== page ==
miniature little valleys. Tall, slender dark trees (Wayne pointed out how young all the trees are, still not cluing in) poked up from the gentle rolling grass, almost making an enchanted little forest effect. Immediately there are bright red signs; probably announcing the Canadian aspect of the memorial or hold it – stop – what does it say? Then the realization arrived all at once; this enchanted forest is actually hundreds, no thousands, of bomb shell blasts that still scar the landscape. Very raw and startling reminders of what happened here almost 100 years ago. Suddenly this ‘gentle’ landscape revealed itself through the fog for acres and acres, an apt metaphor for what just happened to me. It was only once I was at the actual memorial viewing all the names of the soldiers who died here did I realize that between and betwixt the bomb blast scars and mounds are many unknown soldiers buried in their final resting place. That’s when the enormity of it all starts to hit you; many fine, young Canadian men – lost to their families on many levels, are hidden forever among the displaced soil. I can’t remember at what point I realized the only flat terrain in the vicinity was the base of the memorial and surrounding cemeteries.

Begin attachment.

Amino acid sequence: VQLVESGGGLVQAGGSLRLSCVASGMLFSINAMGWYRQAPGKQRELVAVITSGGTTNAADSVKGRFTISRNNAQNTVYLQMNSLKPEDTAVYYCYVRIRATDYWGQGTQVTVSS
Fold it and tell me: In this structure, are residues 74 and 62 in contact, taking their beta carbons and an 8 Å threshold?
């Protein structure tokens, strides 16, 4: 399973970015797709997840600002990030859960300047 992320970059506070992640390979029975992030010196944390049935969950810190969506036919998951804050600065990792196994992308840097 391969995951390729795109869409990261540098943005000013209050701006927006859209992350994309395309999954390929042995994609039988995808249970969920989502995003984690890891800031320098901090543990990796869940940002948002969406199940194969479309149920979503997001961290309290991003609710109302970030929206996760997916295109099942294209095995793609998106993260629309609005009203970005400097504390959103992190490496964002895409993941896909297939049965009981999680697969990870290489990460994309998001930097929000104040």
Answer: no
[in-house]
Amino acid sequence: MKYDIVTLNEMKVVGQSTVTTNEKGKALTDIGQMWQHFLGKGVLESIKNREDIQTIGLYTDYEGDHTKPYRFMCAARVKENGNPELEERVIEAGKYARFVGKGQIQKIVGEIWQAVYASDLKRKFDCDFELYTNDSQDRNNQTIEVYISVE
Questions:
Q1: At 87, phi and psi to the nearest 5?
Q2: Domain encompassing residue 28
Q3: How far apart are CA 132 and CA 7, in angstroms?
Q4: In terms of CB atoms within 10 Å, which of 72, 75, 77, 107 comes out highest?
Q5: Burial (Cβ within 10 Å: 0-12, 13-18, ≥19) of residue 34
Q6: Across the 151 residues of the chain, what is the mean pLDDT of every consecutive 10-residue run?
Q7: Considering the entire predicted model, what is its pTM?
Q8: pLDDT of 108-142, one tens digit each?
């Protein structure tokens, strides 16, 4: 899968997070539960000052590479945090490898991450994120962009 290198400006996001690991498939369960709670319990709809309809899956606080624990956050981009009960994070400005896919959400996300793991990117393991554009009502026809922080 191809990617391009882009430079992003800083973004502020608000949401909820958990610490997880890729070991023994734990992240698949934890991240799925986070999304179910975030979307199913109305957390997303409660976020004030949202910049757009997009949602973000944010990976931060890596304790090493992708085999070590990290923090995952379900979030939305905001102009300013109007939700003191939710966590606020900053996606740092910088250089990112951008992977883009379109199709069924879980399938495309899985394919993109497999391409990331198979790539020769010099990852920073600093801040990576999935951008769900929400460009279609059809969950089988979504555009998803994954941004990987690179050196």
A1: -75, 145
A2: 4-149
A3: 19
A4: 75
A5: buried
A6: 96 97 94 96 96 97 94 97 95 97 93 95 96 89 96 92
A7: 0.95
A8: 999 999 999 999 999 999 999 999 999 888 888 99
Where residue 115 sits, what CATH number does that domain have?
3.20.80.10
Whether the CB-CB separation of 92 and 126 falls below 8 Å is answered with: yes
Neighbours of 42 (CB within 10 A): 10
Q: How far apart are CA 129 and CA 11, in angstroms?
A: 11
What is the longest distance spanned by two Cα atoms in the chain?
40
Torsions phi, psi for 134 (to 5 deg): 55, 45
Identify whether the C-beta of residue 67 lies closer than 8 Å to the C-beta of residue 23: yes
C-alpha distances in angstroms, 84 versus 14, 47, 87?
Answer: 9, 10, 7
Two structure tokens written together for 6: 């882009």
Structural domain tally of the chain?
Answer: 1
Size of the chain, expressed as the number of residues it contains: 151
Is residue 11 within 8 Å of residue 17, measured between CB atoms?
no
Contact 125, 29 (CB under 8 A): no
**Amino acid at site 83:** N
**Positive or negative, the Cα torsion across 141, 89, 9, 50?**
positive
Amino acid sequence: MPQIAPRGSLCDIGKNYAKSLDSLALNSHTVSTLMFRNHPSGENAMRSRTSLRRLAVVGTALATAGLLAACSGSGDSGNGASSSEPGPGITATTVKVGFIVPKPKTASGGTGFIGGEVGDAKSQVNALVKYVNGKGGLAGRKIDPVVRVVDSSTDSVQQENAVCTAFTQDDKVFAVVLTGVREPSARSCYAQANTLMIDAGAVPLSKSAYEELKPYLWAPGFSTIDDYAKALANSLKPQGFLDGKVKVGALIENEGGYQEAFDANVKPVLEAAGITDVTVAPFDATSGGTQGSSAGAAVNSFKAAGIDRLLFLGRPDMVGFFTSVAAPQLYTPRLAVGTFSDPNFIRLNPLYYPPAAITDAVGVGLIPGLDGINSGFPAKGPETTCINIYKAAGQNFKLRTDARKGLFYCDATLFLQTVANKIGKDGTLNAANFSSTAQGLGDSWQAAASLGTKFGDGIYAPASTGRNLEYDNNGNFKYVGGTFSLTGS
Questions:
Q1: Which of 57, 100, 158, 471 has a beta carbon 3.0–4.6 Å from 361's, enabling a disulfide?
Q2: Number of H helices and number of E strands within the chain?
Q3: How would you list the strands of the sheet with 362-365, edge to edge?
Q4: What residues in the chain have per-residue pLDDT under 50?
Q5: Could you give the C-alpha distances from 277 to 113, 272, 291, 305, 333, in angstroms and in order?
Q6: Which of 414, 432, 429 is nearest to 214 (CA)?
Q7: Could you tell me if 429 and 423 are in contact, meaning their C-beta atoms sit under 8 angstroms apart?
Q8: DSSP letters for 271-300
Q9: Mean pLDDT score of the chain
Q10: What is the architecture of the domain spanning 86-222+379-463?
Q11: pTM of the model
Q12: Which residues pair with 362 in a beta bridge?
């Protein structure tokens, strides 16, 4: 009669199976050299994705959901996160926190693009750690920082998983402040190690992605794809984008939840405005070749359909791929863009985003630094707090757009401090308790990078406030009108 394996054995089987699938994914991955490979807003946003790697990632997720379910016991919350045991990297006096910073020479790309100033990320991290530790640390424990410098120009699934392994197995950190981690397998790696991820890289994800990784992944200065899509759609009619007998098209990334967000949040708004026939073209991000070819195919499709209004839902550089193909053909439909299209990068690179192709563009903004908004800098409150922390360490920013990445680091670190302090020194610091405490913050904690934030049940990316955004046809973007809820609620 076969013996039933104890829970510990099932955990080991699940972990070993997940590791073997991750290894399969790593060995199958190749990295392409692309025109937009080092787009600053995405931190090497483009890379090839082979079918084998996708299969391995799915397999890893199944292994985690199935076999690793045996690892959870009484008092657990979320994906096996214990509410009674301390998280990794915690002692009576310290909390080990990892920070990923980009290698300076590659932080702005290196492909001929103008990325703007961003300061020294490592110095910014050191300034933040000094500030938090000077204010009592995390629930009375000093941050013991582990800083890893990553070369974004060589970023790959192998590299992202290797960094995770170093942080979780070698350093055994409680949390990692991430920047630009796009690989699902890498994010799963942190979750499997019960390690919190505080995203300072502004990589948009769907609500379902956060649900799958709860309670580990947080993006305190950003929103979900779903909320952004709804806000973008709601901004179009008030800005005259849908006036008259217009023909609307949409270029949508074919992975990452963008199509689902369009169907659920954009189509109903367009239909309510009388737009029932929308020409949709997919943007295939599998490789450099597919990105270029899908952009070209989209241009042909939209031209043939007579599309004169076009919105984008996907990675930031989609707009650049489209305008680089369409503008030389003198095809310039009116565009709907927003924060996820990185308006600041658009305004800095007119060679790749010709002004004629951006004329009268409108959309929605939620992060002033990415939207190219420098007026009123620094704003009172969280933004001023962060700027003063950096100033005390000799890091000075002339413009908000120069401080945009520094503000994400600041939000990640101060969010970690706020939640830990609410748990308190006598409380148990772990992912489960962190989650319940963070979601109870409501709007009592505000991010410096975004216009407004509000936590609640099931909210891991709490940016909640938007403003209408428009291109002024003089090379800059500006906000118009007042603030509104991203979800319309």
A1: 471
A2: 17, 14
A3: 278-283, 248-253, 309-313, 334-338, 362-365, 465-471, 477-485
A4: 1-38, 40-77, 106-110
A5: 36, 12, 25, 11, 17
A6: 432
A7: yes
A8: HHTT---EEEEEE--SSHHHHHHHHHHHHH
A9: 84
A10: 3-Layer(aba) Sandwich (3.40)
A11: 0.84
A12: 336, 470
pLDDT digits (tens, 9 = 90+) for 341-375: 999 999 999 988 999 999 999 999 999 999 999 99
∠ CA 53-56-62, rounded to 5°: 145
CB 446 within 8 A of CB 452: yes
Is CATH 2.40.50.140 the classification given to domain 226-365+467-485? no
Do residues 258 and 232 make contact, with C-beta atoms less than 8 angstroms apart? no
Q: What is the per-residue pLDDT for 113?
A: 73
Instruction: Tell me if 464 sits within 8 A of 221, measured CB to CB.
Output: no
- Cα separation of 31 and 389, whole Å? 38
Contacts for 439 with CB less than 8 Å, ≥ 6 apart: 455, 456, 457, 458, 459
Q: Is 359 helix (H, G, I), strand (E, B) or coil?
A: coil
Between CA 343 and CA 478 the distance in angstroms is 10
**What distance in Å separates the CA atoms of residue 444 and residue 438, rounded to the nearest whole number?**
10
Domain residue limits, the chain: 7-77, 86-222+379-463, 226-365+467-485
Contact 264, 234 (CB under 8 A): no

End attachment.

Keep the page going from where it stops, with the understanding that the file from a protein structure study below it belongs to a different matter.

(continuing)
Few words were spoken for the rest of the visit. The whole area of 107 hectares became a holy sanctuary of enormous proportions and with us being the only visitors at that particular time, it only emphasized the privilege we were bestowed by having the place to ourselves. Walking into the cemeteries felt sacrilege, like we were invading the still energy that surrounded us. We were hesitant to enter the gated graveyard area until I realized we can only truly honour them by acknowledging them. Even though the headstones mostly indicated “A Soldier of the Great War” and nothing else, with some having at least a regiment title and the very few with an actual name, somehow you knew who they were. No names were needed to make an instant connection.